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You will probably be looking for data about certain people, activities or commodities.
If you're looking for data on people, you need to think about what 'social unit' you're interested in. You may be interested in individuals, couples, households or families. You may be after particular groups, like companies or political organisations. You may be interested in a nation. Particular groupings may also be important to your search — for example, race, nationality or gender.
If may be that you're interested in 'things' rather than people: for example, commodities like cars. Or you may be interested in a particular activity, like voting.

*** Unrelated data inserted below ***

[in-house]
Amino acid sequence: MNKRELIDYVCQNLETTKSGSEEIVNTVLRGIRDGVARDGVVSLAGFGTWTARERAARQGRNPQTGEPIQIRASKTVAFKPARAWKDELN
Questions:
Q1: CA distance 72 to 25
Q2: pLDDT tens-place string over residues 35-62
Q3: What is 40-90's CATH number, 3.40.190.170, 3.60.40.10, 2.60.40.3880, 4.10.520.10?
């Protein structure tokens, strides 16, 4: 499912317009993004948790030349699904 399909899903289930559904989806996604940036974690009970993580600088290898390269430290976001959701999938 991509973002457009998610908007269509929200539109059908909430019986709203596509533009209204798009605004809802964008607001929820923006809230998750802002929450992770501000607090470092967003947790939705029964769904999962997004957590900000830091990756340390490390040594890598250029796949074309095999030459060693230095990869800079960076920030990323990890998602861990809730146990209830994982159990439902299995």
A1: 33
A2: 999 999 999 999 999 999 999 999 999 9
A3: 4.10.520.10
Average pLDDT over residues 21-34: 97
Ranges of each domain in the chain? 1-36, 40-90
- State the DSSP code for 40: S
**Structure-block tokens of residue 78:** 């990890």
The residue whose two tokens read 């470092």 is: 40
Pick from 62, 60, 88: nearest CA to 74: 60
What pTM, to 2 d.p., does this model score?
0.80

Defining exactly what is in scope and what is out of scope before you start searching will save you time later.
Most current statistics may actually be a year or more old as there are time lags whilst the information is collected, processed, and released.
Some sources of data offer huge banks of data that are gathered over years and you can interrogate these to do over-time comparisons.
Some sources just offer quick snapshots of a particular point in time.
Geography is usually a factor. There is usually a place that is the focus of your enquiry.
In order to find the right source to search for your data you need to consider the following:
Government departments - they collect data to aid them with policy decisions. This can be ministerial and non-ministerial departments.
Not-for-profit organisations - there are organisations who collect and publish styatistics to support their own agendas or aims. E.g. the World Health Organisation or the World Monetary Fund.